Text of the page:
Property managers who hold a bachelor’s degree in business administration, real estate, or a related field and/or who have professional certification will have better odds of securing work. Job opportunities are also expected to be good for property managers who have experience in managing housing for older people or with managing healthcare facilities. The aging population will affect residential and commercial real estate in the coming years. More baby boomers are starting to retire and the demand for multi-family senior housing and other facilities is increasing. Property managers and other real estate professionals will be needed to meet the needs of this growing age group.

Millennials are also expected to play a larger role in the real estate market in the 2020s. The PricewaterhouseCoopers (PwC) "Emerging Trends in Real Estate" predicts that although this demographic has postponed homeownership, their attitude could change as the economy continues to stabilize. The smaller Generation Z, born after the millennials, is also expected to affect the real estate market down the road, according to the PwC report. "Planning for a nation with lesser household formation, fewer new consumers, and a meager number of workforce entrants is the challenge ahead for a real estate industry with its eye on the 2020s." Generation Z is entirely focused on the virtual world because they’re growing up with the Internet, smartphones, tablets, wearable tech devices, etc. They’re technologically savvy and accustomed to having instant access to data. Real estate professionals need to be prepared for this group.

The outlook for real estate appraisers and assessors is also bright. The Department of Labor predicts 7 percent employment growth through 2028 for this group. Mobile technologies are helping appraisers assess and appraise properties more effectively. Workers have also improved their productivity through the use of automated valuation models that help with property appraisals for mortgages.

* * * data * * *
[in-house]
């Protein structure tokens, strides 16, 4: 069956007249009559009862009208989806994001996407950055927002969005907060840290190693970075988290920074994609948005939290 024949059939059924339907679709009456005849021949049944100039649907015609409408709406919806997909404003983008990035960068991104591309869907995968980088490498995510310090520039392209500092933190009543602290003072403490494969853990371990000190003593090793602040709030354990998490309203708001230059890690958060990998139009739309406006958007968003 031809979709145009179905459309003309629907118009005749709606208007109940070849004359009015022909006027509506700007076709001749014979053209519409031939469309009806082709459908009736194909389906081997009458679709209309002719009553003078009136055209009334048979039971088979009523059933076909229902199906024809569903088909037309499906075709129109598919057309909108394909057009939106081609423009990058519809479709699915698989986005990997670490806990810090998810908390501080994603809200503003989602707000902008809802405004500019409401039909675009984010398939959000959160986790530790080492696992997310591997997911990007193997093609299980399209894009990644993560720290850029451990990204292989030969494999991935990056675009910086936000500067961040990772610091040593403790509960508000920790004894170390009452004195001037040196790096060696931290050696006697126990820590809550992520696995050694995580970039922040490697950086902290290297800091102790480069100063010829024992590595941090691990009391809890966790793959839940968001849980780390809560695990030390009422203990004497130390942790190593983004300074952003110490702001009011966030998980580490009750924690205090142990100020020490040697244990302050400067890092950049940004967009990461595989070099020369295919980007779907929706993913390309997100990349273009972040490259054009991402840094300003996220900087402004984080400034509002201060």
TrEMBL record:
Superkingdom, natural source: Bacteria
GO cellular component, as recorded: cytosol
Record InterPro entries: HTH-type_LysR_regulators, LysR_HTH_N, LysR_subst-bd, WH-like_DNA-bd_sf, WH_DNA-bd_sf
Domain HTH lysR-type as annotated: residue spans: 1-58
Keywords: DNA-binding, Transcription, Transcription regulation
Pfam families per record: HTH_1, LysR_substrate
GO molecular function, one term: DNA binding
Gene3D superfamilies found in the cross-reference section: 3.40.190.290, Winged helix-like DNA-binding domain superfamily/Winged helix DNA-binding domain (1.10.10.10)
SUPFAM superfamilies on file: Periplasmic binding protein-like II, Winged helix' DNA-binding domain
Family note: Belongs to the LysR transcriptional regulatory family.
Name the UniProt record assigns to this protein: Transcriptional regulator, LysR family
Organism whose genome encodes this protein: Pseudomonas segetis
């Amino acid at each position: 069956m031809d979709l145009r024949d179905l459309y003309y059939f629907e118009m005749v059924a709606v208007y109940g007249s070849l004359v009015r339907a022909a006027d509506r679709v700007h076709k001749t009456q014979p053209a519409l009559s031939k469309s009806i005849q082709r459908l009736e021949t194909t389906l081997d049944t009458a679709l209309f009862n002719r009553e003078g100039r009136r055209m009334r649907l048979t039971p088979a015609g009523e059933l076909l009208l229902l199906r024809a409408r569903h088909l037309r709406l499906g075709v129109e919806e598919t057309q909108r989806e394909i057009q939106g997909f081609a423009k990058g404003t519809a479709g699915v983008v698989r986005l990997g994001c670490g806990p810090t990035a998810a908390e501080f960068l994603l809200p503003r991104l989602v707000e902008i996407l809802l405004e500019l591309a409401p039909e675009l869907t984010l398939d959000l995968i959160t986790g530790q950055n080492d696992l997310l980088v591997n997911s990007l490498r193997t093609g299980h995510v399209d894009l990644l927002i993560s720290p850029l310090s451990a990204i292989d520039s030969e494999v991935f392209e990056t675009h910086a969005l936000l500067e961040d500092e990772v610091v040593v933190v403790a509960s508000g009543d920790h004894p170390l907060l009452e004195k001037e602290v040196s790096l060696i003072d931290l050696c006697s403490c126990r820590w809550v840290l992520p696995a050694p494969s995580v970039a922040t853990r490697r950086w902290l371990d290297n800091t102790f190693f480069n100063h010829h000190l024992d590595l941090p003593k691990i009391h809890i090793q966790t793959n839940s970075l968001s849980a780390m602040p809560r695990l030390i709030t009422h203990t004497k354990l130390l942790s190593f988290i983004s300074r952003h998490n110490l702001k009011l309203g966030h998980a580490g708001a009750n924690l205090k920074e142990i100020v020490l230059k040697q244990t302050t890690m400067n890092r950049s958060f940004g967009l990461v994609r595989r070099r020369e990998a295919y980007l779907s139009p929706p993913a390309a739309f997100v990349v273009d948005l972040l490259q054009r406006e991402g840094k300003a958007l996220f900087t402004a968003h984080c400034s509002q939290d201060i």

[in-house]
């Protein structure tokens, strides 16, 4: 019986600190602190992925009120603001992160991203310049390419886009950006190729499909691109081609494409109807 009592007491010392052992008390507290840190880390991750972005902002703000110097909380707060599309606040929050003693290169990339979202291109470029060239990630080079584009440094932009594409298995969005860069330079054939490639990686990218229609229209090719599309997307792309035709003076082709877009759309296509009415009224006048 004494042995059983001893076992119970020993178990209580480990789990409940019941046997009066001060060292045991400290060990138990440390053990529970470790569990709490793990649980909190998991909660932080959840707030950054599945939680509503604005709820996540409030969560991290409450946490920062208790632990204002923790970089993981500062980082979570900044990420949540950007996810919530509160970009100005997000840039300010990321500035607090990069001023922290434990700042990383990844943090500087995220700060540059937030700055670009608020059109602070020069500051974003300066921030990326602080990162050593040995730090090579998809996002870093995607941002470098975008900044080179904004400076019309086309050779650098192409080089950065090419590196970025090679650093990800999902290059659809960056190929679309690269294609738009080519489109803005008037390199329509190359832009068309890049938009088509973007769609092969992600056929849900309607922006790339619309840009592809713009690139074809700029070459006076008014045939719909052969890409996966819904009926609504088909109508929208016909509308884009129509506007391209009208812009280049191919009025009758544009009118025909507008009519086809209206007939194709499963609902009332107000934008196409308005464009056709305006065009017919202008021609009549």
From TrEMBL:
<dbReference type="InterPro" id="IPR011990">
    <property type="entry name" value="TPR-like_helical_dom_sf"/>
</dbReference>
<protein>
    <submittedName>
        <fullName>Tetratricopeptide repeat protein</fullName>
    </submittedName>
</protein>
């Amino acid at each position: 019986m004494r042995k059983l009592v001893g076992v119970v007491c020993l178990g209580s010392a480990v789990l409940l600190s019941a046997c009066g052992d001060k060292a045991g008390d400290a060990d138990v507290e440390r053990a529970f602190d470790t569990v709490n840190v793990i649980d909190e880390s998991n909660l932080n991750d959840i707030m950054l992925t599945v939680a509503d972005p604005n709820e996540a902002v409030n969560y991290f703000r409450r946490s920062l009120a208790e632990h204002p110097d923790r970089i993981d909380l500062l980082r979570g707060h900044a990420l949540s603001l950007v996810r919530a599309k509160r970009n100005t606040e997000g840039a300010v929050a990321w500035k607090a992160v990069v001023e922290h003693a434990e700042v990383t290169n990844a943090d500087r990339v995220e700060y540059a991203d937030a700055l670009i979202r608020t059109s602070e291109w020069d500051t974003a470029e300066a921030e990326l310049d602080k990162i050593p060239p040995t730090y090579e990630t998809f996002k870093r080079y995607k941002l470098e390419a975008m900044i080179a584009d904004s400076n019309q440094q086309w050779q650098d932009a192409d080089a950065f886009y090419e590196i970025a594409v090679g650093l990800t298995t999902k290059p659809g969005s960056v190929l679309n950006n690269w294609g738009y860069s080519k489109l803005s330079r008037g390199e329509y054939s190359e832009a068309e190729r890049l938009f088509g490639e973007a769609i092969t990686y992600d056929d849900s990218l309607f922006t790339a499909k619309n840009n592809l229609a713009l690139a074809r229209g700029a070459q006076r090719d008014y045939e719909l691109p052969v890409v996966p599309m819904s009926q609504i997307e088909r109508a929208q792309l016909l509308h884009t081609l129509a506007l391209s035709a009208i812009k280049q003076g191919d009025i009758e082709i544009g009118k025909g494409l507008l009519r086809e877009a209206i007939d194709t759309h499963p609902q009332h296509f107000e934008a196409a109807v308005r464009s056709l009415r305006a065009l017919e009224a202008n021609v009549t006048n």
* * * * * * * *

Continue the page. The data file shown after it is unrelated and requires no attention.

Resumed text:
Employment opportunities for real estate appraisers and assessors will be best for those with experience and certification, and in areas with active real estate markets. The demand for appraisals decreases during times of recession, when fewer people buy or sell real estate. Appraisers and assessors who have a flexible approach to their work and can appraise different types of properties rather than specializing in one area improve their chances of landing jobs.

The commercial real estate sector is expected to have modest growth in the next few years, according to the market research group IBISWorld. A stronger labor market and increasing household formation will help to increase the demand for commercial real estate. However, office rental vacancies are projected to increase, which could cause a slowdown in construction of new commercial properties. On a positive note, interest rates are projected to continue coming down, which could enable more builders to secure financing for commercial real estate projects.

The residential real estate sector is expected to have modest gains. In a report by the market research group Kiplinger, a 4.8 percent increase in national home prices was expected in 2019. The sales of existing homes had dropped by 7 percent from November 2017 to November 2018, but sales were expected to stabilize going forward. The Kiplinger report also pointed out that although builders have experienced recent labor shortages and other issues, a growing number of them are "offering incentives to buyers, and they're slowly starting to build smaller, lower-priced homes that are affordable."

The National Association of Home Builders (NAHB) reported that housing affordability will continue to be of top concern in the United States. The exurbs are the only region that has had continued growth in registered single-family homes. (Exurbs are the outlying counties of large metropolitan areas with 1 million or more residents.) Nationally, only 9 percent of single-family home construction comprises the exurbs, but steady growth is expected to continue. The challenges that will continue in this sector include finding buildable land and skilled labor.